Article Malayalam

Vith preview: A strained father-son relationship sans colour

Focusing in on the generational divide, Palathara tells the story of two distinct individuals.

Sonal Pandya

Don Palathara's Malayalam film Vith (Seed) has been artistically shot in black and white. Inspired by filmmakers Aleksander Sokurov, Bela Tarr, Michelangelo Antonioni and Nuri Bilge Ceylan, the narrative is interpretive and has many long lingering scenes.

Focusing in on the generational divide, Palathara tells the story of two distinct individuals who happen to be father and son.

Joseph, a farmer, leads a solitary existence; tending to his land, livestock and going about his household chores. One day, his son Jose unexpectedly returns home. Their reunion is brief; they exchange a few words and each retires to his own room. Jose has left his job and is back home for good.

The director observes the characters with his camera as they go about their daily activities. But the differences in the father and the son are stark. While the elder man is focused and disciplined in his routine, the younger one is almost aimless about what he wants to do.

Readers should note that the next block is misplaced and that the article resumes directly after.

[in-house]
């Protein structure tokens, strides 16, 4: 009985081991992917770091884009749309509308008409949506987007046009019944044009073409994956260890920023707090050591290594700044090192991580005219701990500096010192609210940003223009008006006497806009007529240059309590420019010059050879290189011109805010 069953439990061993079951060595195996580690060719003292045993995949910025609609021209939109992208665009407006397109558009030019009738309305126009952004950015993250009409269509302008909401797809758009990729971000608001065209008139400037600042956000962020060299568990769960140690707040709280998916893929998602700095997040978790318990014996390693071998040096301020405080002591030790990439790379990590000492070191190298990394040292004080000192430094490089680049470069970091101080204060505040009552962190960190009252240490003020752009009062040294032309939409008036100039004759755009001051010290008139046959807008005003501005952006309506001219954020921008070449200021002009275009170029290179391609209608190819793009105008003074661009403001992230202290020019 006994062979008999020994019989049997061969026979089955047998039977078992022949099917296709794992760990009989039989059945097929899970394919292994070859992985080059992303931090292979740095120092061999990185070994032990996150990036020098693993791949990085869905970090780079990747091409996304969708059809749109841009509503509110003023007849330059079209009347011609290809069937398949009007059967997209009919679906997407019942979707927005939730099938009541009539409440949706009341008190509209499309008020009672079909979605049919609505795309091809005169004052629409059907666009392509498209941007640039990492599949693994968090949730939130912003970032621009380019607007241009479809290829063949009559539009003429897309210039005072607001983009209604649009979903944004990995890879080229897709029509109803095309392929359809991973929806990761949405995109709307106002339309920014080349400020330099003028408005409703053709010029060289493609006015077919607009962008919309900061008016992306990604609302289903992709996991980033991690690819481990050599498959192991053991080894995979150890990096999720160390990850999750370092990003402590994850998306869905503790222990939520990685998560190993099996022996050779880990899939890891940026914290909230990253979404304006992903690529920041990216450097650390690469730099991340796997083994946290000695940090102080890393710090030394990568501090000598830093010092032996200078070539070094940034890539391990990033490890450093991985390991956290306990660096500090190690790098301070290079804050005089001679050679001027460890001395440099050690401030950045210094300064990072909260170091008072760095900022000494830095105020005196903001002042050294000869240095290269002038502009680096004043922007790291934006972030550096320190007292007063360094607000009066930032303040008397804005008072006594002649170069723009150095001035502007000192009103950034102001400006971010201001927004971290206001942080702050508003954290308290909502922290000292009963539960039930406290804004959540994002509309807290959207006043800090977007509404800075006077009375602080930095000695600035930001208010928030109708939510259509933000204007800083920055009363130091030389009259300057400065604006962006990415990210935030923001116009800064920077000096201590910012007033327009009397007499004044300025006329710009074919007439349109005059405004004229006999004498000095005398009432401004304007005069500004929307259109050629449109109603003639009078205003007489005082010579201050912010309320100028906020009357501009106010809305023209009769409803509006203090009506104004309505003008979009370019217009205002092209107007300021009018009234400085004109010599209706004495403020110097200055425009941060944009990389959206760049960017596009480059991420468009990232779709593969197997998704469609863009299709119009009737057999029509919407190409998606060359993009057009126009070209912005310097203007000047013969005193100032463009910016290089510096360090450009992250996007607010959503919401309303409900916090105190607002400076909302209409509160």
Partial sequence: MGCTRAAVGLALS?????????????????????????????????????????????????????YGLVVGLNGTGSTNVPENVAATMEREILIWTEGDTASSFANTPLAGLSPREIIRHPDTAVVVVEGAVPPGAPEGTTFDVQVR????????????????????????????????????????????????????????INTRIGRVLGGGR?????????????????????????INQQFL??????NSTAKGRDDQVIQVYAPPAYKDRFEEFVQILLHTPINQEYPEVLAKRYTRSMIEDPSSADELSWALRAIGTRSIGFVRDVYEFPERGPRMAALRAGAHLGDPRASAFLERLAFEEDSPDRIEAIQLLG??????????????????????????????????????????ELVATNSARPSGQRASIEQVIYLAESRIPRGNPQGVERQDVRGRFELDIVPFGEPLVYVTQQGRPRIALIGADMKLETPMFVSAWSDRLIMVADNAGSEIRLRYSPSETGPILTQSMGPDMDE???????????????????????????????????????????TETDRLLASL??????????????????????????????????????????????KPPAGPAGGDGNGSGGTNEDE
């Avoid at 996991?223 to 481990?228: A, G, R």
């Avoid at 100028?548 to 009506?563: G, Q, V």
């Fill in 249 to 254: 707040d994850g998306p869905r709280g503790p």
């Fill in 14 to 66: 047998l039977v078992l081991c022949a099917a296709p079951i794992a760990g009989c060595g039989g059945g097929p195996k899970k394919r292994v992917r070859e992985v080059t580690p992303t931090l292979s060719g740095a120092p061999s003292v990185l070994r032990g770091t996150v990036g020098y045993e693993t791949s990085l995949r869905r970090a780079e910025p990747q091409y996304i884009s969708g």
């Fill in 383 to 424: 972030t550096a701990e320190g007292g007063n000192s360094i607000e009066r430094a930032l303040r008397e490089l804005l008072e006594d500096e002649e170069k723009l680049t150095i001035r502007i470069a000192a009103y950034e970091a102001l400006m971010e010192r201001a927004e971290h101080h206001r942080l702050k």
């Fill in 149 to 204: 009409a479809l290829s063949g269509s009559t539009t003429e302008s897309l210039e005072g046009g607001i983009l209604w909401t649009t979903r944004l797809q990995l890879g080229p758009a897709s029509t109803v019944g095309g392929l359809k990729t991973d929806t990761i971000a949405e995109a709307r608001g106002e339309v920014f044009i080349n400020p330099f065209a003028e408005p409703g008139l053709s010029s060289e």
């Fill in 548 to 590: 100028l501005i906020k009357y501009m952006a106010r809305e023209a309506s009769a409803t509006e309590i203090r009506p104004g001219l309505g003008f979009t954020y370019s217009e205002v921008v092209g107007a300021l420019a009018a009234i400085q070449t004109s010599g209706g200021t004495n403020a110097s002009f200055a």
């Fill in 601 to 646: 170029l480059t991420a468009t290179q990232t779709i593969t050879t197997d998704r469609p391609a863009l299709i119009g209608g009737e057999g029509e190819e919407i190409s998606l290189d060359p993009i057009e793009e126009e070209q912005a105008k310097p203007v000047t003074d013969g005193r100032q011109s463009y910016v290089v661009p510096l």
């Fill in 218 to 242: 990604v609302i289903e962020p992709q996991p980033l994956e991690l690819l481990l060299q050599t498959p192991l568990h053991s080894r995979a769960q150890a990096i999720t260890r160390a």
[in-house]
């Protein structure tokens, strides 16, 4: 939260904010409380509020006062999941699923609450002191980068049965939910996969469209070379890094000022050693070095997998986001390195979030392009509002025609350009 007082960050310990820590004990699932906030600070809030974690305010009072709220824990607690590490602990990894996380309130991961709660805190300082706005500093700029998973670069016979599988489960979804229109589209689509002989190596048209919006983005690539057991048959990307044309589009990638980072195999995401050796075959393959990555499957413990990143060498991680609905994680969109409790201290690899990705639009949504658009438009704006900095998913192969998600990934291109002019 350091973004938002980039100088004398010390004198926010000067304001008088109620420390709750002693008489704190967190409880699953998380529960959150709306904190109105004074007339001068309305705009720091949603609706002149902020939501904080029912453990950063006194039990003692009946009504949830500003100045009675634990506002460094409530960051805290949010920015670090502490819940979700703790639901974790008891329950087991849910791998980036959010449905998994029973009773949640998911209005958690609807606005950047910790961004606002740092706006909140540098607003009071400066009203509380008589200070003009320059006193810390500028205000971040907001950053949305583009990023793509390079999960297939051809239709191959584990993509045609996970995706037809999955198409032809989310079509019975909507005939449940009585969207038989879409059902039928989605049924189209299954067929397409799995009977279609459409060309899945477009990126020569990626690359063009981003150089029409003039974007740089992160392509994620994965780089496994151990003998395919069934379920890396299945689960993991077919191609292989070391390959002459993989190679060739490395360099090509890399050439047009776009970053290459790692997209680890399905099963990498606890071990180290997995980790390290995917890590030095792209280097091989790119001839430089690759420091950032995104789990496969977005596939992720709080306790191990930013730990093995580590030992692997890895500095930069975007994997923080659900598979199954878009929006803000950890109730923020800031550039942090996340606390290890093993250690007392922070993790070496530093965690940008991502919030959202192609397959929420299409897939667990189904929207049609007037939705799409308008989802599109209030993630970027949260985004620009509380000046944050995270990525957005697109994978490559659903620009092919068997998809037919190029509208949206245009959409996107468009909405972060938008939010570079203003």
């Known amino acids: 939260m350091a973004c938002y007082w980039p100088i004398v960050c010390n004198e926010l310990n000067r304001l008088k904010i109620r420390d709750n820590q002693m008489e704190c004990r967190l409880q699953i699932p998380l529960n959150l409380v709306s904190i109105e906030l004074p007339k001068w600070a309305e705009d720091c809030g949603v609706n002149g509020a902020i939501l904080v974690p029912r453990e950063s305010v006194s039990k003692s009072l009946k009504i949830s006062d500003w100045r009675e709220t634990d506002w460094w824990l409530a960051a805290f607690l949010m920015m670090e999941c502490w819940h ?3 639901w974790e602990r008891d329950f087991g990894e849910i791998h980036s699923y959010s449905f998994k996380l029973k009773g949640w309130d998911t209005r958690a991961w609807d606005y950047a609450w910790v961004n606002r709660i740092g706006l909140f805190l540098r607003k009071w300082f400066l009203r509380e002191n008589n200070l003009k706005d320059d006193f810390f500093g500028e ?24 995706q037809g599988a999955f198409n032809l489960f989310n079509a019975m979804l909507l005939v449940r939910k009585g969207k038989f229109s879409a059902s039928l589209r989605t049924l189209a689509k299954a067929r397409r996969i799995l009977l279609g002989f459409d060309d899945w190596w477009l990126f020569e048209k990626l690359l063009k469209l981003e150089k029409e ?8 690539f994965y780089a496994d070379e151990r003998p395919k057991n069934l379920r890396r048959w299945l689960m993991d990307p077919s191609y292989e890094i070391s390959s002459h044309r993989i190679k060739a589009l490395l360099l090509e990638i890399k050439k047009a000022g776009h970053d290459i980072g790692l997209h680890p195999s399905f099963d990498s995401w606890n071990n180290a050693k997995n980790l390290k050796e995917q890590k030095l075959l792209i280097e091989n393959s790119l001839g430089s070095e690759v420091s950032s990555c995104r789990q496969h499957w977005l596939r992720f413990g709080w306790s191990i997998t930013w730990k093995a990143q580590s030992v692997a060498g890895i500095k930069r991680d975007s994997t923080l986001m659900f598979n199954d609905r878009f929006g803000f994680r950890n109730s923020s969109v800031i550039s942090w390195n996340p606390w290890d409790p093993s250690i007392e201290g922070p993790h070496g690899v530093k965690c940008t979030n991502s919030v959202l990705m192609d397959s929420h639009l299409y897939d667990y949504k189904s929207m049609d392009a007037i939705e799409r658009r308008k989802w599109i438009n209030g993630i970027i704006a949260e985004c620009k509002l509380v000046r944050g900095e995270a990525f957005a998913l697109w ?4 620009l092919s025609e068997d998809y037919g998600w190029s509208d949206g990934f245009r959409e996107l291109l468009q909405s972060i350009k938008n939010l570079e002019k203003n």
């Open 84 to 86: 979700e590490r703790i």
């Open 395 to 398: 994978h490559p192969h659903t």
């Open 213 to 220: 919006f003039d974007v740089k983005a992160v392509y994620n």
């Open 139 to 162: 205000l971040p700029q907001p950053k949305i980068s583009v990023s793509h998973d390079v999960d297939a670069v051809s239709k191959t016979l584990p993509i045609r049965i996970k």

To make matters worse, their communication is sparse. Like most fathers and sons, their schools of thought are poles apart. Each one wants something that the other can't deliver.

Joseph wants Jose to help out more around the house, see to his bedridden grandmother and attend church. But Jose seems to prefer being directionless and spends more time out in the fields than at home.

Vith was made on a small budget and incorporates few characters to reveal the tale of a father-son duo who have already grown apart. The film’s leisurely pace may not be for everyone, but its cinematography by Subal KR is composed well and skillfully executed.

Vith will be showcased at the Kazhcha Indie Film Festival on 11 December, 2 pm, Lenin Balwadi, Thiruvananthapuram.

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Kazhcha Indie Film Festival